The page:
Upgrade 2021: CIS LAB Speakers
September 20, 2021 // Upgrade 2021: CIS LAB Speakers
Practical Business and Personal Use Cases for Attribute-based Encryption
Kei Karasawa, VP of Strategy, NTT Research
At Upgrade 2021, the NTT Research Summit, Dr. Kei Karasawa, NTT Research Vice President of Strategy, presented a demonstration of some of the practical personal and business use cases for attribute-based encryption, including one centered on the concept of a digital wallet.
Rather than carry a driver’s license, credit cards and the like in a physical wallet, a digital wallet would hold them on a smartphone. The wallet could also hold sensitive information such as a social security number, date of birth, and health records. But this presents a privacy risk, in that someone who is legitimately authorized to scan your phone, say to see your driver’s license, may be able to access other private information.
Attribute-based encryption solves for this problem by enabling users to grant different levels of access to a digital wallet to different people or systems.
How ABE secures a digital wallet
At an airport, you need to show your driver’s license when passing through security. With ABE, you can issue a decryption key that allows access only to those attributes of your data wallet that have to do with your driver’s license.
“You can store this key in the airport system,” Dr. Karasawa said. “After that, you can just go to the airport, send your encrypted data wallet to the system, and the system can only read these lines of data.”
A second example is reloading funds onto a transit pass via credit card. Now the transit system needs to access both your credit card and the transit pass at the same time. ABE can create a single key that grants access to both items. Once the key is stored in the transit system, you can simply hand over your digital wallet and the system will be able to access both your credit card and transit pass – but nothing else.
A third, somewhat more complicated example involves going to a sporting event at a large stadium. The venue requires proof of a Covid-19 vaccination along with a photo ID. Both are stored on your digital wallet, but you don’t want the security personnel to be able to see your address, date of birth and other sensitive data.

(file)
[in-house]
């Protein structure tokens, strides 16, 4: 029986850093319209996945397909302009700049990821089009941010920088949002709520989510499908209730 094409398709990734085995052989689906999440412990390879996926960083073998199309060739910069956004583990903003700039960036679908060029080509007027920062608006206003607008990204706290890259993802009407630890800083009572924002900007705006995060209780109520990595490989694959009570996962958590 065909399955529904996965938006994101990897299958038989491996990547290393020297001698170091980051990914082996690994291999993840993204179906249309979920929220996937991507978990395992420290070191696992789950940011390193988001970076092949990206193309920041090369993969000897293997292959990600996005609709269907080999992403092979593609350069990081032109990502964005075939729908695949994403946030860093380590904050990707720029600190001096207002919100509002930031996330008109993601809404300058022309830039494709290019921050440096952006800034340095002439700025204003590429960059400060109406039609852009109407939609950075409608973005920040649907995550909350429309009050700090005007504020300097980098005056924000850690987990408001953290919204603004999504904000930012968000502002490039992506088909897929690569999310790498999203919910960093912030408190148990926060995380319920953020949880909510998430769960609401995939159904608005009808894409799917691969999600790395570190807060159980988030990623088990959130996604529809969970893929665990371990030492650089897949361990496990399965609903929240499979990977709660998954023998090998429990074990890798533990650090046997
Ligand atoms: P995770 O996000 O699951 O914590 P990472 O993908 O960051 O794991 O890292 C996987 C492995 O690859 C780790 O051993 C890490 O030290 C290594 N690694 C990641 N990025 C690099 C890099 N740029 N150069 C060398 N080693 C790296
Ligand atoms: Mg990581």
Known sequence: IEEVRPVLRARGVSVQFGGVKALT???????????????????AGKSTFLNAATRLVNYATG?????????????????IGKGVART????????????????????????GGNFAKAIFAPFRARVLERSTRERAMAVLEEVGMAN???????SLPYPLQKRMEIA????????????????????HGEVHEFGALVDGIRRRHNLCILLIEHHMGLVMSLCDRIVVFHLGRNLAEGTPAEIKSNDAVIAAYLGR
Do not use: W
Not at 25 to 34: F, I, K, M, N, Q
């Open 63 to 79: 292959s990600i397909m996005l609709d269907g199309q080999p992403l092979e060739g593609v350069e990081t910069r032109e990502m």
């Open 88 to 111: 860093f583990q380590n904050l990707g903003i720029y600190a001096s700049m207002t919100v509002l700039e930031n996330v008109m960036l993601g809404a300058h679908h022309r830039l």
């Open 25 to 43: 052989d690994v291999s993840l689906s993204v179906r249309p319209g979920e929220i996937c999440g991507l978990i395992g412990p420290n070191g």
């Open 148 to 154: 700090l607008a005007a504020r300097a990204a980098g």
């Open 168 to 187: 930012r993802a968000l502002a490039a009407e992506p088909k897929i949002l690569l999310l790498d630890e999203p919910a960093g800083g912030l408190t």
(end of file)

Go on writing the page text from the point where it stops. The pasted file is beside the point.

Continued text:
In this case, ABE can create a decryption key for the vaccination record and another for your ID. Once those are loaded in the venue’s security system, it can scan your digital wallet and access those two items.
In that example, speed is of the essence, given thousands of people are trying to gain entry at the same time. That’s not an issue because the access controls are embedded into the data in the digital wallet, so it works even when the system is offline. There’s no need to access another system, such as a cloud-based security server.
“The encryption supports these types of high performance systems,” Dr. Karasawa said.
He also demonstrated NTT Research’s cloud-based system that enables users to easily enter the items they want stored in their data wallets, and to generate encryption keys for various applications – such as the airport and stadium scenarios.
Business use cases for ABE
Attribute-based encryption is also applicable in business scenarios, such as a data lake. Companies store all sorts of data in data lakes and make it available to different stakeholders, including for business analytics. But much of the data is highly sensitive, such as salary data in HR records and customer information.
ABE makes it possible to make the data lake available to employees who need access to it, while protecting that sensitive information. “We can control access rights at the data layer,” Dr. Karasawa said.
The same scenario applies to smart city applications. Governments may collect all kinds of information to fuel smart city applications, including transportation and supply chain data, images of peoples’ faces and more. “Peoples’ names or faces, that kind of information should be protected at the data layer,” he said.
NTT could provide those data layer access control services. “Our future is supporting a data holder like a wallet, wallet holder, or company CISO or government CISO,” he said. Through an NTT-provided Policy Administration Point, users could set policy attributes for the items they want to protect.
“Once the data owner sets the policy, NTT provides a key generation server to deliver an encryption key and module decryption key and the controlled access right at the data layer,” Dr. Karasawa said.
Click below for the full transcript.
NTT Research Vice President of Strategy
Kei Karasawa has been leading research and development (R&D) at NTT for more than 20 years. He is currently the vice president of strategy at NTT Research, Inc. From 2015–2019, he worked with the R&D planning department at NTT and built cooperative relationships with NTT operating companies around the world to deploy NTT R&D technology to global markets. He led applied R&D at NTT EAST from 2011–2015 and put the technology into practice in developing network services. Prior to that, he researched network software technologies, implemented patented software, such as security and distributed systems, and developed commercial services for the Next Generation Network. In 2005, he conducted basic research on cryptography and information processing as a visiting scholar, with Prof. Dan Boneh, in the Security Laboratory at Stanford University. He holds a doctorate of engineering in data-driven parallel computer technology and has extensive knowledge and experience in information processing-related technologies, from basic technology to applications. Personal interests include sports, like tennis and golf, and travelling with his wife and kids.